North Korea said on Wednesday it successfully detonated its first hydrogen bomb, a claim that if confirmed would signal a major advancement in the isolated country's nuclear capabilities.

The announcement - made a month after North Korean leader Kim Jong-un suggested the secretive Northeast Asian nation had the capacity to launch an H-bomb - sparked immediate regional tensions and drew international condemnation.

Yet, some officials and analysts raised doubts whether the explosion was indeed a full-fledged test of a hydrogen device.

Al Jazeera examines the most important questions surrounding North Korea's announcement.

Has North Korea actually detonated a hydrogen bomb?

People in the capital Pyongyang cheered their country's claimed military success on Wednesday, images showed, but it could be a long time before it has actually been proved a hydrogen device was indeed tested.

H-bombs are much more difficult to design and produce compared to atomic bombs - and can be thousands of times more powerful.

"Such a device could evaporate the entire city of New York completely - no one would stay alive," Andrei Lankov, a professor of Korean Studies at Kookmin University in Seoul, told Al Jazeera. "With an atomic bomb you can kill half of Manhattan, at most."

While much more potent, H-bombs are also much more costly.

"For the North Koreans to have such a powerful and expensive [device] is a bit of overkill - it simply does not make sense," Lankov told Al Jazeera.

"It's like buying a Porsche to go shopping in a shop nearby... It's a very expensive programme which will not really make a major contribution towards their security - but governments sometimes do crazy things. I'm sceptical but it might be the case."


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Adam Cathcart, a lecturer in Chinese history at the University of Leeds, said North Korea has previously made claims over huge scientific leaps that have not been substantiated.

"However, Kim Jong-un's statement back on December 10 about the state's H-bomb abilities certainly telegraphed this test, and at least tells us that the supreme leader has staked his prestige on the claim," he told Al Jazeera.

Does the announcement change what we know about its nuclear programme?

From 2006 to 2013, North Korea conducted three nuclear tests of atomic weapons - all at the Punggye-ri site, near which a 5.1 magnitude earthquake was detected on Wednesday.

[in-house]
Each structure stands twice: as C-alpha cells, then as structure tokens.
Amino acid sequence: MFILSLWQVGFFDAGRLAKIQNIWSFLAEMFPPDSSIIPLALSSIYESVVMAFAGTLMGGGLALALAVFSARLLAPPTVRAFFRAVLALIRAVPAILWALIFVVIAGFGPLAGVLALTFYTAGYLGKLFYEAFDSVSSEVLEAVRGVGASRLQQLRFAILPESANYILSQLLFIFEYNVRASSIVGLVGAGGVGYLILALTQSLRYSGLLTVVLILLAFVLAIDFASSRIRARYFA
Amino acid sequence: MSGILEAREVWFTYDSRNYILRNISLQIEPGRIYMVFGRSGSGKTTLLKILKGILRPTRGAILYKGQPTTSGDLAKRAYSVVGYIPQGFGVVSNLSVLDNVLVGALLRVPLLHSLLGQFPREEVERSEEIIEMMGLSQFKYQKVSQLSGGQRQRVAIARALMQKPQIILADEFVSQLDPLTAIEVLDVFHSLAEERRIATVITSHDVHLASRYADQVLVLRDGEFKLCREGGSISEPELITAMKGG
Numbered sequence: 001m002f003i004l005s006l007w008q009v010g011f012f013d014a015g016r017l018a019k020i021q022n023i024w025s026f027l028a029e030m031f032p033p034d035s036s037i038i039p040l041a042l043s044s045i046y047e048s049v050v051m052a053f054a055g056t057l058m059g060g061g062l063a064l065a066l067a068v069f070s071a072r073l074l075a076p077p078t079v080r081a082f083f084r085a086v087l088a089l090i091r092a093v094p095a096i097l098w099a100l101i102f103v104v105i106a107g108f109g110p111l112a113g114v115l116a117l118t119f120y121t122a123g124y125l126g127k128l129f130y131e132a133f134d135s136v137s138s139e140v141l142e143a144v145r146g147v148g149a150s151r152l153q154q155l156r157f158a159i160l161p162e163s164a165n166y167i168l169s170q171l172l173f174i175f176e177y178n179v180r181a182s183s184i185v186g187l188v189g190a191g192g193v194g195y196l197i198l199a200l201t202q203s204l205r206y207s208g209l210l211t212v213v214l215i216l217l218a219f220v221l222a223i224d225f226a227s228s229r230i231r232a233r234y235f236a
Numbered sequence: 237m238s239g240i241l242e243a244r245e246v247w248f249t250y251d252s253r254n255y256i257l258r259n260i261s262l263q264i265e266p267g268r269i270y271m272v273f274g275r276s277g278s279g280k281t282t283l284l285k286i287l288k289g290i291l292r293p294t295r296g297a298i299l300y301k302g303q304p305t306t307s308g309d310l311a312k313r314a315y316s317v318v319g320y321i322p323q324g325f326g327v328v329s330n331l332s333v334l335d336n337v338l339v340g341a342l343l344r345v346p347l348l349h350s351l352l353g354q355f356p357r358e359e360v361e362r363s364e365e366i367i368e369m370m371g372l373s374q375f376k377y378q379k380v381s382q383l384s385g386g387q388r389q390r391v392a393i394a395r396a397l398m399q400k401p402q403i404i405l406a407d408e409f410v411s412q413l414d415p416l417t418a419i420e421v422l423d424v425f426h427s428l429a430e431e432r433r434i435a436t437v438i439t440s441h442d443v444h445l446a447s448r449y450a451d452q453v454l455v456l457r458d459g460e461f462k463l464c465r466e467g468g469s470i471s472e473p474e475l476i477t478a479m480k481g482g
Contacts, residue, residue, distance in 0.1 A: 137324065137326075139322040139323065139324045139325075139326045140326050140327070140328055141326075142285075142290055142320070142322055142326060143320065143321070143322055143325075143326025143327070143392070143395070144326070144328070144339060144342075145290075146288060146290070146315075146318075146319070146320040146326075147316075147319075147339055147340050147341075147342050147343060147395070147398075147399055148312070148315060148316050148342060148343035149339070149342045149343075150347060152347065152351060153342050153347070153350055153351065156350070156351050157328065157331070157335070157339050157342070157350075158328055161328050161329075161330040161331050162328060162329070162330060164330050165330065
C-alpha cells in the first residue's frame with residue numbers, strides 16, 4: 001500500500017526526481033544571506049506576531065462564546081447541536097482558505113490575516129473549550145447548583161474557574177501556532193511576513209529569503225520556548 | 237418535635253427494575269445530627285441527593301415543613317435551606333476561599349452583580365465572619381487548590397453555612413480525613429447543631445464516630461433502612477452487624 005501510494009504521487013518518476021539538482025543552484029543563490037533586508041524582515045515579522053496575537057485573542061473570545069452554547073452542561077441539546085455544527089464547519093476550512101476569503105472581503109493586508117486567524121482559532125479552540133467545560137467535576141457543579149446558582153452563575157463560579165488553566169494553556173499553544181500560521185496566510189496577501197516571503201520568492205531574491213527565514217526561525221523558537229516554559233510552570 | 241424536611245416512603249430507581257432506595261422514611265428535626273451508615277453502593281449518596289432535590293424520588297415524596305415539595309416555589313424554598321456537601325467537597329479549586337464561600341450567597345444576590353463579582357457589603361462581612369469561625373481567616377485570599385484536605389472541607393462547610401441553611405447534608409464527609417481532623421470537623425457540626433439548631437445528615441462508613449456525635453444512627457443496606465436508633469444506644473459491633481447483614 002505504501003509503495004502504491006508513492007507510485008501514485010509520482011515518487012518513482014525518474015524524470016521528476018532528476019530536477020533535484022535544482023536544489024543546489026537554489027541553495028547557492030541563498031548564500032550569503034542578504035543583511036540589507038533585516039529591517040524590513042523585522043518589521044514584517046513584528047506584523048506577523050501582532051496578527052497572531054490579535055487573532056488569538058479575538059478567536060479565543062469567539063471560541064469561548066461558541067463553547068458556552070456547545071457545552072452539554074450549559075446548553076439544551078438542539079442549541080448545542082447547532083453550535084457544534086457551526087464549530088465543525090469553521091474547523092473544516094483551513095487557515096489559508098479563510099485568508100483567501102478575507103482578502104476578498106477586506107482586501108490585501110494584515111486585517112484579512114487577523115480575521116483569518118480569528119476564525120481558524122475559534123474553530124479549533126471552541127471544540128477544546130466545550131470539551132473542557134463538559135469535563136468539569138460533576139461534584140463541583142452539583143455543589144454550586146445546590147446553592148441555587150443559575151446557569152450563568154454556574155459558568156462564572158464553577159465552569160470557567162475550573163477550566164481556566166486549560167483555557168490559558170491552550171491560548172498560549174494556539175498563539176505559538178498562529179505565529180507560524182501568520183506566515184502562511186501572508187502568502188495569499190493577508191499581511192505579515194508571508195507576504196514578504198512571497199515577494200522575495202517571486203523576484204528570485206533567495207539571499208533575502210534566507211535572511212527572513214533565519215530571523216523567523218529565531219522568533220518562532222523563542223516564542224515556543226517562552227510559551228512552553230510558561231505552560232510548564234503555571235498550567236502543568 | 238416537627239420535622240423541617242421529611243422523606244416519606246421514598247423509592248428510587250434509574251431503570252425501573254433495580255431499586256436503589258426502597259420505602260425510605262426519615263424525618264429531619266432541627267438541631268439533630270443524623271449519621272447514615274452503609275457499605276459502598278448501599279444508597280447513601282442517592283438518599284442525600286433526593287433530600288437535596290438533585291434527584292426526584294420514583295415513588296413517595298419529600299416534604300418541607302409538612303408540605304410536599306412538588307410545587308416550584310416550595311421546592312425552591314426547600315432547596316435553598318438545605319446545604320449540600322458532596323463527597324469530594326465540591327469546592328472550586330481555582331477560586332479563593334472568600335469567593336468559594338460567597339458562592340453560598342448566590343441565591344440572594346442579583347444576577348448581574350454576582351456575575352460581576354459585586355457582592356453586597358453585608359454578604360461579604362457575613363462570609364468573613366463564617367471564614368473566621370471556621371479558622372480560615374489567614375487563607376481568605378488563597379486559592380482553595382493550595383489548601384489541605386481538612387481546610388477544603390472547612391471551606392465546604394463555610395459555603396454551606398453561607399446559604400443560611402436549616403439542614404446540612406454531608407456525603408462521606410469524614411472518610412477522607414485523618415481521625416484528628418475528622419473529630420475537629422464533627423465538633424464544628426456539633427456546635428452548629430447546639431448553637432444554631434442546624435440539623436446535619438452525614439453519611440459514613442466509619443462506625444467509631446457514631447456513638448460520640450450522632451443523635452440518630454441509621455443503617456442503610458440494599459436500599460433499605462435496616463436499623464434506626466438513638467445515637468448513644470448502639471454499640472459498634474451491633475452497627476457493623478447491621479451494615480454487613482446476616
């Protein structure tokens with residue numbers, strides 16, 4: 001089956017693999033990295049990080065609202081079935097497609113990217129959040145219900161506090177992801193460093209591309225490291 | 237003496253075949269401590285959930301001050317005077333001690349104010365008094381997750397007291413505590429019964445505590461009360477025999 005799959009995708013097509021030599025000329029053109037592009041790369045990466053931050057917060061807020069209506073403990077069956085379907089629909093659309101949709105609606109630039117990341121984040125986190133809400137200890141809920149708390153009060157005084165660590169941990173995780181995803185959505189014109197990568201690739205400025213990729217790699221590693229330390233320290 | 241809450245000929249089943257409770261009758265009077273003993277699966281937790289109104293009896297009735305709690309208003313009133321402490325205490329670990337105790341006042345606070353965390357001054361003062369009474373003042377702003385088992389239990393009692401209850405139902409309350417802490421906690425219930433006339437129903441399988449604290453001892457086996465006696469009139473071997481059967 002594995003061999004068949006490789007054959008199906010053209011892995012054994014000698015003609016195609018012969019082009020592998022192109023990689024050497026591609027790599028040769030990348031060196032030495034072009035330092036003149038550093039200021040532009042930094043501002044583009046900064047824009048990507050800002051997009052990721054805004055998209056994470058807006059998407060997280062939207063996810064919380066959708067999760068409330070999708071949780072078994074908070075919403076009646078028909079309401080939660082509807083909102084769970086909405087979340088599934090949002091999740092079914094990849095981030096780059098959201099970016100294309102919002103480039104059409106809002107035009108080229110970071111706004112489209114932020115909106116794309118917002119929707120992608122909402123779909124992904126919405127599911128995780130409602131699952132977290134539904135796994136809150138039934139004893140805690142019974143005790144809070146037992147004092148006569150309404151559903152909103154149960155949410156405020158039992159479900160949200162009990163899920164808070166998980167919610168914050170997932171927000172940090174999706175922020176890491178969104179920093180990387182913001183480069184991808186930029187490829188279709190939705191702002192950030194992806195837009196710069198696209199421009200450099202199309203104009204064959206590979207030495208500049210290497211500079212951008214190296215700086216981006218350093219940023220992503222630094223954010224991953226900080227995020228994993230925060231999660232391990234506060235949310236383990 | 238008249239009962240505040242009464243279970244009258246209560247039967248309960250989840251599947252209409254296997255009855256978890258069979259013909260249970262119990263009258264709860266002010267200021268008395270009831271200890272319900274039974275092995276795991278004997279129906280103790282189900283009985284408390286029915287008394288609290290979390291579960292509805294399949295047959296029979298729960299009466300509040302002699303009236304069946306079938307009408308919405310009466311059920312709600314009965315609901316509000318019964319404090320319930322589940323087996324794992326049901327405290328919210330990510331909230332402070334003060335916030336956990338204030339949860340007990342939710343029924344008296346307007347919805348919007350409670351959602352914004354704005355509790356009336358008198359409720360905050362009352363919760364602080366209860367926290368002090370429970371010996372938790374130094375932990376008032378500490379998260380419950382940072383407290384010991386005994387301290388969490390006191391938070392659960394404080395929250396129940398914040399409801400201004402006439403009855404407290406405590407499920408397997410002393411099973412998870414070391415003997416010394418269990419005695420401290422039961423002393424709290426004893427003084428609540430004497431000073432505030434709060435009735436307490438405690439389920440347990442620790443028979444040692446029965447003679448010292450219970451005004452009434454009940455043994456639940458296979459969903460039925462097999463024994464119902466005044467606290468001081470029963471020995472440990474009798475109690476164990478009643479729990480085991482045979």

Regardless of the validity of the hydrogen bomb claims, Wednesday's announcement has left no doubt about Pyongyang's commitment to its nuclear programme, analysts said.

"[It is showing] that it's relatively successful and making progress," Remco Breuker, a professor of Korean Studies at Leiden University, told Al Jazeera. "And more importantly perhaps that the possession of nuclear weapons is non-negotiable for this regime."

Lankov agreed.

"What's important is to know it [the nuclear programme] exists. When North Koreans began to talk about their nuclear programme initially there were some people who suspected that they were bluffing."

Why did North Korea decide to do this now?

From the moment the H-bomb test was announced on state television, speculation has been rife about what prompted North Korea's action.

Some analysts said although they were not completely surprised by the move, there are still questions over its timing. In recent months North Korea appeared to have had increased its efforts to improve relations with several other countries, from its traditional regional ally China to Russia and nations in Southeast Asia.

 How does hydrogen bomb work?

"They were very unusually active and they were looking for some kind of breakthrough, some kind of improvement," said Lankov. "For a brief while, especially over the last three months, they were more open to the world about getting some investment."

Breuker said one theory is that in the absence of international tensions, the test was prompted by domestic factors, "over which we don't have any control, not even much understanding, so this is not a good situation to be in".

North Korea's government said it deserves to possess nuclear weapons to counter threats from the US, but Cathcart said he did not believe Pyongyang's latest actions were about negotiating with the Barack Obama administration - "even though in the past two decades or so, North Korea has done its most rapid negotiating with 'lame duck' US administrations in their second term".

What's next for North Korea, its neighbours, and international relations?

Neighbouring countries and global powers issued stern statements against North Korea following Wednesday's announcement, while the UN Security Council called an emergency meeting.

While it is almost certain the move will prompt the imposing of further economic sanctions, some analysts said the measures will not have major repercussions unless the US decided to introduce comprehensive financial sanctions that would essentially ban all global banking institutions from dealing with Pyongyang.


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The test is also expected to worsen North Korea's relations with Beijing, which has long been frustrated by the nuclear programme of its troublesome neighbour, a recipient of Chinese aid and investment.

"North Korea risks losing yet more goodwill from its main patron and nominal ally - China," said Cathcart.

"I don't think that Beijing is going to abandon North Korea at the UN when it comes to human rights issues, but there will be more pressure within Chinese society and the political-diplomatic field to turn the screws on North Korea - even as China tries to keep one hand open for North Korean economic reform and external investment, which it sees as the long-term solution to the problem."

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Source: Al Jazeera